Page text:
There are many courts ‘where we should be able to do more remotely,’ says C.J. Maisonneuve
As courts across the country have struggled to continue operating in light of COVID-19 and the physical distancing required, Canadian Lawyer has surveyed chief justices of courts across Canada on how they are managing the crisis.
Here, in the last installment of our series, Chief Justice Lise Maisonneuve of the Ontario Court of Justice answers Canadian Lawyer’s questions about COVID-19’s effects on her court.
What are some of the adjustments you’ve had to make since COVID-19 was declared a pandemic?
You can imagine the adjustments we’ve had to make; they come from the challenges about how we provide justice under dramatically new conditions. How do we continue to do that fairly, and in a transparent way, given the overburden courthouses and historic type of antiquated processes that we have in our system?
The first thing we had to do was to make the adjustments to get people out of the courtroom, and [ensure] we were still proceeding with matters in a remote or virtual fashion. This was extremely difficult; we are still in a paper-based process. We had to move very quickly, working with key stakeholders and the Government of Ontario.
In the long term, we're always thinking of what can we keep in place to modernize the process afterwards, to make the system more efficient, better access to justice, and much easier for the public who use the court. I hope we'll end up with the modernization that … we've been waiting for quite a while. And this is now pushing that agenda much quicker than in the past.
Do you think that going forward, there might be more of a shift to, for instance, remote hearings?
Absolutely. I think what [the pandemic has] done is that it has brought to the table people to start thinking differently. We won’t be doing things as we have. There’ll be great change in Ontario. The number 1 thing is we can’t continue [with] a paper-based process.
Trials are a little bit more complicated, but we will and we are presently doing some of our hearings remotely. We hope to expand that; maybe not a full trial, but the arguments could all be made remotely. Some witnesses could be called virtually, but there's Criminal Code impediments to that.
But we do have to move forward with thinking outside the box, and to do things differently and see what can be done, and it's not going to be a one-size-fits-all; we're going to have to be nimble.
What is your greatest concern right now?
Preserving the health and safety of everyone who’s using the justice system. And that I think that the challenging reality is that to do so safely, it will be a gradual and phased return, but always ensuring that the most vulnerable are protected, and that urgent matters are dealt with through the process will be paramount. There's no doubt that some of our matters will still need to be heard in the courtroom, physically; but we also have to continue expanding the virtual options in order to do both.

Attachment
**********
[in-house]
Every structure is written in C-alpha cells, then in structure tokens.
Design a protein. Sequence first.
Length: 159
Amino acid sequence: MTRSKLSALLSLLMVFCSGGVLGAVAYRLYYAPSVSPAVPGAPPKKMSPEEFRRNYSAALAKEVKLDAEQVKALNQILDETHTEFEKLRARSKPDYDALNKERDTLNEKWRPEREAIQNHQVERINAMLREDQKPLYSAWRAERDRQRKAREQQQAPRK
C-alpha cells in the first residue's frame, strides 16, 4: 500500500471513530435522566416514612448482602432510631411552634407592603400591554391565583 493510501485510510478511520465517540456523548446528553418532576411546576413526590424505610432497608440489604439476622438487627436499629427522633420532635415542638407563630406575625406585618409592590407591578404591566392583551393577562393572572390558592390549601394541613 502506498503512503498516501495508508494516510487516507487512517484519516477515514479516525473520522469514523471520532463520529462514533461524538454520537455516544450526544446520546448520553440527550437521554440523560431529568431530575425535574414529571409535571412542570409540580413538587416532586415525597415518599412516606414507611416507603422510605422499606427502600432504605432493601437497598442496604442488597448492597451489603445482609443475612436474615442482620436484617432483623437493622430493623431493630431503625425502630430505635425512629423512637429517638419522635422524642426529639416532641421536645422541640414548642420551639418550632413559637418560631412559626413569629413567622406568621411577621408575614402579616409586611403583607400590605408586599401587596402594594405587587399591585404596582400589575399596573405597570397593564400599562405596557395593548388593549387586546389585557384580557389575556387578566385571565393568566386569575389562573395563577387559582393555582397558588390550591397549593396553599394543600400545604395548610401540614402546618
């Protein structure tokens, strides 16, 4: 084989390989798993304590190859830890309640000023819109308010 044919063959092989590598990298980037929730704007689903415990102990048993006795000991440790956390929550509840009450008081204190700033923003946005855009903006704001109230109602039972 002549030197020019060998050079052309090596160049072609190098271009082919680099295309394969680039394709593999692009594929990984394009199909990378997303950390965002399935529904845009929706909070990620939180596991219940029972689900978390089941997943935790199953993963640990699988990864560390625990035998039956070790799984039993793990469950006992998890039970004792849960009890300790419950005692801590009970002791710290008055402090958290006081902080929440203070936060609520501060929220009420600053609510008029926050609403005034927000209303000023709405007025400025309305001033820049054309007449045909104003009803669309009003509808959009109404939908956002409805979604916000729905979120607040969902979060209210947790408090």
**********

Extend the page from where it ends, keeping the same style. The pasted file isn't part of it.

One of the issues that we have is the lack of video capacity in our institutions, in our jails. We do not have the capacity to deal with longer matters from the jails: in other words, to bring the accused to the courtroom through a virtual process, either by phone, or by video. I'm talking [with] the ministries of the Solicitor General and the Attorney General, and lawyers and court services, and I hope that there will be a solution soon.
What are your courts considering “urgent” matters that must proceed now?
The most urgent matters are where the accused is in custody; matters under the Child, Youth and Family Services Act; bail proceedings; and other matters, out of custody, where someone may need a variation, [or] to finalize a matter for work purposes, for family purposes.
What have your experiences been in operating a virtual courtroom?
It's proven to be extremely challenging. We had to develop very quickly a system where the paper part of the process [could be dealt with efficiently]. And at the beginning, the quality of the hearing, being able to hear properly, being able to see properly [was difficult], a call can drop.
But these things are being worked out quite, quite well. With the help of Court Services and the Ministry of the Attorney General, we’re trying [videoconferencing] platforms and getting better. We are starting to use Zoom. For our own conferences, outside of court, we are using Microsoft Teams.
The most serious challenge is getting the accused in custody to be part of the proceedings in a virtual world, and we have many vulnerable people who do not necessarily have access to the internet, or even a phone to be put on. We have a great deal of self-represented individuals in our system who did not obtain legal aid or cannot afford a lawyer; and it's very difficult to deal with that because they don't have access to what you and I may have access to, and of course, they are the most vulnerable of our society.
What can lawyers do to help the courts overcome its challenges?
I think lawyers, like us, have to think a bit outside of the normal, usual way of doing things. I would like them to test the virtual system.
The collaboration at the present time between the bar and court has been excellent; we have a great deal to be proud of. Everyone has come forward to work hard and find solutions; I’ve very grateful for that. We have to continue working together.
And there are many courts — remand courts — where we should be able to do more remotely. We must find a way to do first appearances online, if we want to reduce the number of people coming physically to a courtroom.
There’s a real opportunity to modernize the system, and it seems to be going in that direction.